The participants’ extensive experiences provided rich descriptions that helped the researcher to understand their perceptions of online effective teaching strategies. The participants viewed effective online teaching practices as an instructor who (a) facilitates student learning, (b) aims to feel connected with students in the classroom, (c) shares experiences, (d) is approachable, (e) establishes mutual comfort, and (f) is responsive to students’ needs. The following excerpts from the transcripts support these findings:
I really see myself more of a facilitator when I am in the online environment, rather than a teacher … I want students to feel comfortable… to feel connected in the online environment…I try to share real life stories and also try to build on their experiences…I want them to know they can reach out and ask questions… Some students like one-on-one, some of them like that conference call, others only want to do email; it just depends on the type of student…you need to offer different mechanisms to communicate to be responsive to their needs.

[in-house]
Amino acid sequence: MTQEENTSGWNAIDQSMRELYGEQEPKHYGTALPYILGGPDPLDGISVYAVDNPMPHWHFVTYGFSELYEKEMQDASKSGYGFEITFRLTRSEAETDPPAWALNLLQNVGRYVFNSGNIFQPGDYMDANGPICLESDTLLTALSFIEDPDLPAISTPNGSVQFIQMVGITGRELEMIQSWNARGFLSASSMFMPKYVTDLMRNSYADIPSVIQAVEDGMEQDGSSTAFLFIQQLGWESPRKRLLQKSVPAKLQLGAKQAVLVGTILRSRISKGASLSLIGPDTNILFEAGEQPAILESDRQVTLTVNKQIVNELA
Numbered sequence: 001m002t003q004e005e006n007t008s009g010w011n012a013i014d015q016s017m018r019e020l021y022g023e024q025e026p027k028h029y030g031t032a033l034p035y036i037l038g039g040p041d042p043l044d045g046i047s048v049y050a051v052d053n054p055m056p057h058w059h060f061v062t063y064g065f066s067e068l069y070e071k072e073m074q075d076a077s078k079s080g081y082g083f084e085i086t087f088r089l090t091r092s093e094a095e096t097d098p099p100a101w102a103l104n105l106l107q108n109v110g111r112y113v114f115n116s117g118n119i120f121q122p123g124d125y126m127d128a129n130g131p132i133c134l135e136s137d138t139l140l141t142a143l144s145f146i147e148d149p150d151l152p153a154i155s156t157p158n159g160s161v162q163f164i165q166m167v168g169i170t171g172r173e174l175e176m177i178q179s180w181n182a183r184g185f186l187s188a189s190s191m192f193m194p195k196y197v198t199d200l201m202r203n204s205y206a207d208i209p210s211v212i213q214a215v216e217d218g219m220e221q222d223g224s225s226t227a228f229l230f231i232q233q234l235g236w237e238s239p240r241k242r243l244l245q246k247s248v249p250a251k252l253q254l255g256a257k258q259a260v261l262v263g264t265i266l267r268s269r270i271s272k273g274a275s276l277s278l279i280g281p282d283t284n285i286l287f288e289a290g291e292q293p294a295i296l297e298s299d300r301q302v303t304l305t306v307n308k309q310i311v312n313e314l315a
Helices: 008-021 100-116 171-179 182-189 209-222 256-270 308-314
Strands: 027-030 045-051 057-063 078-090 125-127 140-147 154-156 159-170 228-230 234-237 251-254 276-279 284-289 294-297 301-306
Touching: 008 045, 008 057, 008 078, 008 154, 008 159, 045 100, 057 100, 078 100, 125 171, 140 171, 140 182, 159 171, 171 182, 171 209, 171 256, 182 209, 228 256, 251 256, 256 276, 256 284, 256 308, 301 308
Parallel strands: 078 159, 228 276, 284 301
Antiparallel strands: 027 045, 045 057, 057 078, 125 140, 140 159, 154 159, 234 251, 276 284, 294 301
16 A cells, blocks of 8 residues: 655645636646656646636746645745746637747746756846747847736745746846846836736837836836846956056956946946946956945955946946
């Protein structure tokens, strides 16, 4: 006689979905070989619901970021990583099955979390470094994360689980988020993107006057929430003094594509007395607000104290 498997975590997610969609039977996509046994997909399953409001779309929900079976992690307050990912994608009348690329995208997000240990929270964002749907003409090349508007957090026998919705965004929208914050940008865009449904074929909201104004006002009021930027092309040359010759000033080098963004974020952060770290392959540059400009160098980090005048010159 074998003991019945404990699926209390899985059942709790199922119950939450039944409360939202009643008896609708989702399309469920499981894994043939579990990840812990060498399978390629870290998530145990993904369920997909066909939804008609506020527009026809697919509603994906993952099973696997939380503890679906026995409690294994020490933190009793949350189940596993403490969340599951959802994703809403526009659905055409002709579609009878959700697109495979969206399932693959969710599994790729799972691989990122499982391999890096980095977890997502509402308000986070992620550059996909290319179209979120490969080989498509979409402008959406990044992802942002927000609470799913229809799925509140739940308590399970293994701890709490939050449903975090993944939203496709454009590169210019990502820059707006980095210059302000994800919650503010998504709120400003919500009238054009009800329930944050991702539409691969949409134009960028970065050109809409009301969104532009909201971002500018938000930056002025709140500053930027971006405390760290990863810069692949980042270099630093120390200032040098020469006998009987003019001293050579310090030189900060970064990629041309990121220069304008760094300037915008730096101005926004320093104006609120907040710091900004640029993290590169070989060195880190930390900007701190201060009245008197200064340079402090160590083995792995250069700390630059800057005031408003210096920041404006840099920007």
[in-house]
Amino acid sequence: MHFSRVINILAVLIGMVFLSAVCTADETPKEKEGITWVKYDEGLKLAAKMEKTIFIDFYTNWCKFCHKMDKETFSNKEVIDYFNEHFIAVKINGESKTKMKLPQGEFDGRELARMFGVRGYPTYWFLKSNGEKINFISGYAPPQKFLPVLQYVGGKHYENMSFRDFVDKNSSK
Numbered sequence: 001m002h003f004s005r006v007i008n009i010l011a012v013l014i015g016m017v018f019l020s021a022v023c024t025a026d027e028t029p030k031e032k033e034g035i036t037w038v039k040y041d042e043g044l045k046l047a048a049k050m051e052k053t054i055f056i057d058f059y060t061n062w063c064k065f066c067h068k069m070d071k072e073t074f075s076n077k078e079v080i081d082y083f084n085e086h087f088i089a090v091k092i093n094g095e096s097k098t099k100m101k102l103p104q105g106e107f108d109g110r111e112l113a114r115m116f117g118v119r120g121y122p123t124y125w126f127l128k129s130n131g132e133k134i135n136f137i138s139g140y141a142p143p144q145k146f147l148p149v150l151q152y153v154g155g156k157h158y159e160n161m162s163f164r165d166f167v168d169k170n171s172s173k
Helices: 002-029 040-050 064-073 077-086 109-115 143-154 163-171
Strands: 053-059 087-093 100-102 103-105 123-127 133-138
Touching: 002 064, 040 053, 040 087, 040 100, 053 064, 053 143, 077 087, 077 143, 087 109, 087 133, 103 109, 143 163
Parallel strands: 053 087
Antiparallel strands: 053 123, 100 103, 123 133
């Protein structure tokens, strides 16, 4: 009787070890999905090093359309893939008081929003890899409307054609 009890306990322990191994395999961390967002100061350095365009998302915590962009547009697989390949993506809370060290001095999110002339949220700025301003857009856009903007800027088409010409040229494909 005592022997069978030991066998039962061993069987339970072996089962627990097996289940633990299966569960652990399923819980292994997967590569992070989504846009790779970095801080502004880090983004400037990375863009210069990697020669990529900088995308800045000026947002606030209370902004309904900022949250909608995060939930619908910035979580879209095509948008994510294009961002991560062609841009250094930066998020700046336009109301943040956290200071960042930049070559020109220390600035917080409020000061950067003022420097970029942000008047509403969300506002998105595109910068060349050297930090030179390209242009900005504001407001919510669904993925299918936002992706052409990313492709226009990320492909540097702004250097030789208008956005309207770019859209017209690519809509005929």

Participants also expressed the importance of stimulating students to explore new thought, keeping them challenged and leading students to the spotlight during the discussion and, in turn, having those invite others into a scholarly dialog:
I ask a question about what a student said in their discussion post …did it stimulate their thought… did it stimulate somebody else’s thought…did it stimulate more questions rather than just being a pat on the head?
Additionally, agreement on the notion of “keeping the brain wheels turning” was viewed as teaching effectively to lead students:
…I think if you can keep them thinking instead of just feeling they are writing and doing an assignment, it sparks their learning. Once you send them a question and they answer you back, you can see that you made the wheels keep turning.
In both focus groups, participants expressed that effective online teaching practices play a role in reducing student stress, improving student work, critical thinking, and their receptiveness to feedback. In regard to critical thinking, participants linked student improvement and critical thinking to instructor feedback and questioning. For example, participants commented with the following: